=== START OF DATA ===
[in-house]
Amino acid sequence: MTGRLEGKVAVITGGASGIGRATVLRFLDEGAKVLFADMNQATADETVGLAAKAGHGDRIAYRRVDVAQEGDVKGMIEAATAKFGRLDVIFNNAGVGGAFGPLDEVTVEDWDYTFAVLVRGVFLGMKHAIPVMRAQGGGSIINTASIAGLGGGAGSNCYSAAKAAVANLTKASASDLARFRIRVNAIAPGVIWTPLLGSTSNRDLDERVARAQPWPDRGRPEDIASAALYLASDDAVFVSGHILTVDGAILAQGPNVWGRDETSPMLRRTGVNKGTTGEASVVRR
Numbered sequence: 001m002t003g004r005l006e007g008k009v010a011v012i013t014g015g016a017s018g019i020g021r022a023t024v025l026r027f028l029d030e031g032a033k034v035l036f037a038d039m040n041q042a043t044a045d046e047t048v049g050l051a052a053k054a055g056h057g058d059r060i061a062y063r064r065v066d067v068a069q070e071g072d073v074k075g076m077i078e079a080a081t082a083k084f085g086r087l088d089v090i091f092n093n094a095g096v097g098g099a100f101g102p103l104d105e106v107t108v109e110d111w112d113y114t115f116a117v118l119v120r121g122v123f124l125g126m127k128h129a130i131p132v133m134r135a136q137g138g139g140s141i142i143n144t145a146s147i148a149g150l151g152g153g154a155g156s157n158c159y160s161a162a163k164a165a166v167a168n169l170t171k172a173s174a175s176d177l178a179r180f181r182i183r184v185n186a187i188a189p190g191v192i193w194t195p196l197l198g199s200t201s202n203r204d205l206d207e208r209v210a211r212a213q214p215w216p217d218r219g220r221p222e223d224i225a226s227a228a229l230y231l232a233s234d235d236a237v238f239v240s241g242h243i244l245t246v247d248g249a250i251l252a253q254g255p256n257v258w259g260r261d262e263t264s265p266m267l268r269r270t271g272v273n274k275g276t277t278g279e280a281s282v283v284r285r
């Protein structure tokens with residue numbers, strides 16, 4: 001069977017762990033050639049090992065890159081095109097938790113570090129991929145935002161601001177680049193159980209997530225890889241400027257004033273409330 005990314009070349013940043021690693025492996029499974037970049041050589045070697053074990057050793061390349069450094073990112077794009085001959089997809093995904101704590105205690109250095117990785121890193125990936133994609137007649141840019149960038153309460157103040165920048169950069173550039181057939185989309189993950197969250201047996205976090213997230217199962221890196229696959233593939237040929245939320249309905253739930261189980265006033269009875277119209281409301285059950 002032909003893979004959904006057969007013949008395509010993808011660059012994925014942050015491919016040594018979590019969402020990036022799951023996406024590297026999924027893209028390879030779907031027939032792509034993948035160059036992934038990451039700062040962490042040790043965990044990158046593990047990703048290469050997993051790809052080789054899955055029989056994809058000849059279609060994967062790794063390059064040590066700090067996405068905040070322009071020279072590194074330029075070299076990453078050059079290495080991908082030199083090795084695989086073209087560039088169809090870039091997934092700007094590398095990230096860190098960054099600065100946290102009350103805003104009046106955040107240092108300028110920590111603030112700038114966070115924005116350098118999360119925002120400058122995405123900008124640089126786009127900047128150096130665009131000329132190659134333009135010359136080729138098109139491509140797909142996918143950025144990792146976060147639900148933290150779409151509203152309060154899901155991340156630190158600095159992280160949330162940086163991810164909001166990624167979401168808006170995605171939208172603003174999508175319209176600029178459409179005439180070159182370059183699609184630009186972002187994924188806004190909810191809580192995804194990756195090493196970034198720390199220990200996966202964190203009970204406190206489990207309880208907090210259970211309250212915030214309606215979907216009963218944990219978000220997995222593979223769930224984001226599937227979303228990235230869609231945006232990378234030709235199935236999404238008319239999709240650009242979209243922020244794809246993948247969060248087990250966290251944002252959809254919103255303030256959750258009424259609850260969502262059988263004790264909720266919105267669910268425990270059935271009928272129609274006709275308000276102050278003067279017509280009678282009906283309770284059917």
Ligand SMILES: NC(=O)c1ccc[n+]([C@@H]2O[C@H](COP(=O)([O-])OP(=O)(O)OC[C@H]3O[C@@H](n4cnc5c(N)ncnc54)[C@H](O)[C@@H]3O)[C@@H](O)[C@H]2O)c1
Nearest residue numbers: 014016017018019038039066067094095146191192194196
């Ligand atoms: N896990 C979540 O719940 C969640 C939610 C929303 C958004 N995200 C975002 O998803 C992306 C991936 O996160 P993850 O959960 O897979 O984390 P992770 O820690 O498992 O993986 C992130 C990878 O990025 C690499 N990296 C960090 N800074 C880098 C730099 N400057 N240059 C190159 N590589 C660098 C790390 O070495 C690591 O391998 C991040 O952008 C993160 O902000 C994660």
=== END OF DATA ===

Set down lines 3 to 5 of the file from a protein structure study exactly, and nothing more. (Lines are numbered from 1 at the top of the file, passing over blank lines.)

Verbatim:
Numbered sequence: 001m002t003g004r005l006e007g008k009v010a011v012i013t014g015g016a017s018g019i020g021r022a023t024v025l026r027f028l029d030e031g032a033k034v035l036f037a038d039m040n041q042a043t044a045d046e047t048v049g050l051a052a053k054a055g056h057g058d059r060i061a062y063r064r065v066d067v068a069q070e071g072d073v074k075g076m077i078e079a080a081t082a083k084f085g086r087l088d089v090i091f092n093n094a095g096v097g098g099a100f101g102p103l104d105e106v107t108v109e110d111w112d113y114t115f116a117v118l119v120r121g122v123f124l125g126m127k128h129a130i131p132v133m134r135a136q137g138g139g140s141i142i143n144t145a146s147i148a149g150l151g152g153g154a155g156s157n158c159y160s161a162a163k164a165a166v167a168n169l170t171k172a173s174a175s176d177l178a179r180f181r182i183r184v185n186a187i188a189p190g191v192i193w194t195p196l197l198g199s200t201s202n203r204d205l206d207e208r209v210a211r212a213q214p215w216p217d218r219g220r221p222e223d224i225a226s227a228a229l230y231l232a233s234d235d236a237v238f239v240s241g242h243i244l245t246v247d248g249a250i251l252a253q254g255p256n257v258w259g260r261d262e263t264s265p266m267l268r269r270t271g272v273n274k275g276t277t278g279e280a281s282v283v284r285r
């Protein structure tokens with residue numbers, strides 16, 4: 001069977017762990033050639049090992065890159081095109097938790113570090129991929145935002161601001177680049193159980209997530225890889241400027257004033273409330 005990314009070349013940043021690693025492996029499974037970049041050589045070697053074990057050793061390349069450094073990112077794009085001959089997809093995904101704590105205690109250095117990785121890193125990936133994609137007649141840019149960038153309460157103040165920048169950069173550039181057939185989309189993950197969250201047996205976090213997230217199962221890196229696959233593939237040929245939320249309905253739930261189980265006033269009875277119209281409301285059950 002032909003893979004959904006057969007013949008395509010993808011660059012994925014942050015491919016040594018979590019969402020990036022799951023996406024590297026999924027893209028390879030779907031027939032792509034993948035160059036992934038990451039700062040962490042040790043965990044990158046593990047990703048290469050997993051790809052080789054899955055029989056994809058000849059279609060994967062790794063390059064040590066700090067996405068905040070322009071020279072590194074330029075070299076990453078050059079290495080991908082030199083090795084695989086073209087560039088169809090870039091997934092700007094590398095990230096860190098960054099600065100946290102009350103805003104009046106955040107240092108300028110920590111603030112700038114966070115924005116350098118999360119925002120400058122995405123900008124640089126786009127900047128150096130665009131000329132190659134333009135010359136080729138098109139491509140797909142996918143950025144990792146976060147639900148933290150779409151509203152309060154899901155991340156630190158600095159992280160949330162940086163991810164909001166990624167979401168808006170995605171939208172603003174999508175319209176600029178459409179005439180070159182370059183699609184630009186972002187994924188806004190909810191809580192995804194990756195090493196970034198720390199220990200996966202964190203009970204406190206489990207309880208907090210259970211309250212915030214309606215979907216009963218944990219978000220997995222593979223769930224984001226599937227979303228990235230869609231945006232990378234030709235199935236999404238008319239999709240650009242979209243922020244794809246993948247969060248087990250966290251944002252959809254919103255303030256959750258009424259609850260969502262059988263004790264909720266919105267669910268425990270059935271009928272129609274006709275308000276102050278003067279017509280009678282009906283309770284059917």
Ligand SMILES: NC(=O)c1ccc[n+]([C@@H]2O[C@H](COP(=O)([O-])OP(=O)(O)OC[C@H]3O[C@@H](n4cnc5c(N)ncnc54)[C@H](O)[C@@H]3O)[C@@H](O)[C@H]2O)c1